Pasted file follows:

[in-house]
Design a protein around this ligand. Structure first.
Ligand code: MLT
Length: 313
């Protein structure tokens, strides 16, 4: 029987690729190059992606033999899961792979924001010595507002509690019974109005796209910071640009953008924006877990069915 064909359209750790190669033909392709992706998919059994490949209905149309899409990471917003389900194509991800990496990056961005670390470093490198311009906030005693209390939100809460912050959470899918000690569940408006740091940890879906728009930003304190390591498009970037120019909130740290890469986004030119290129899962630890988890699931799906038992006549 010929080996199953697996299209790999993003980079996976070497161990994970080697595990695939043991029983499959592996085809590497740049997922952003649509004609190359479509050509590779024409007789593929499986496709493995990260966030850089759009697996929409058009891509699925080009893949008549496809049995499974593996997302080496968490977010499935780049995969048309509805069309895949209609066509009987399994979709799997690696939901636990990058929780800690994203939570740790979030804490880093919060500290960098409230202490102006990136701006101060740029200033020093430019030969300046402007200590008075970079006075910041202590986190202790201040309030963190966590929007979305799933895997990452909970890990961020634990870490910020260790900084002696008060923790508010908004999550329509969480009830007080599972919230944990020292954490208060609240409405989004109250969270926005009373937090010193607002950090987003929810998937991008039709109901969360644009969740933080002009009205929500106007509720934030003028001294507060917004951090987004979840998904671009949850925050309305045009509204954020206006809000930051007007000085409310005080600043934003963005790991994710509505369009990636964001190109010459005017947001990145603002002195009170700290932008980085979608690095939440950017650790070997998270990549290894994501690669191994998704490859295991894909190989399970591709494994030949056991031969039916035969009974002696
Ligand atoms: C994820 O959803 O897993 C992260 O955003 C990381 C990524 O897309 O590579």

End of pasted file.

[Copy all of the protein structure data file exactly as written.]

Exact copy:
[in-house]
Design a protein around this ligand. Structure first.
Ligand code: MLT
Length: 313
């Protein structure tokens, strides 16, 4: 029987690729190059992606033999899961792979924001010595507002509690019974109005796209910071640009953008924006877990069915 064909359209750790190669033909392709992706998919059994490949209905149309899409990471917003389900194509991800990496990056961005670390470093490198311009906030005693209390939100809460912050959470899918000690569940408006740091940890879906728009930003304190390591498009970037120019909130740290890469986004030119290129899962630890988890699931799906038992006549 010929080996199953697996299209790999993003980079996976070497161990994970080697595990695939043991029983499959592996085809590497740049997922952003649509004609190359479509050509590779024409007789593929499986496709493995990260966030850089759009697996929409058009891509699925080009893949008549496809049995499974593996997302080496968490977010499935780049995969048309509805069309895949209609066509009987399994979709799997690696939901636990990058929780800690994203939570740790979030804490880093919060500290960098409230202490102006990136701006101060740029200033020093430019030969300046402007200590008075970079006075910041202590986190202790201040309030963190966590929007979305799933895997990452909970890990961020634990870490910020260790900084002696008060923790508010908004999550329509969480009830007080599972919230944990020292954490208060609240409405989004109250969270926005009373937090010193607002950090987003929810998937991008039709109901969360644009969740933080002009009205929500106007509720934030003028001294507060917004951090987004979840998904671009949850925050309305045009509204954020206006809000930051007007000085409310005080600043934003963005790991994710509505369009990636964001190109010459005017947001990145603002002195009170700290932008980085979608690095939440950017650790070997998270990549290894994501690669191994998704490859295991894909190989399970591709494994030949056991031969039916035969009974002696
Ligand atoms: C994820 O959803 O897993 C992260 O955003 C990381 C990524 O897309 O590579």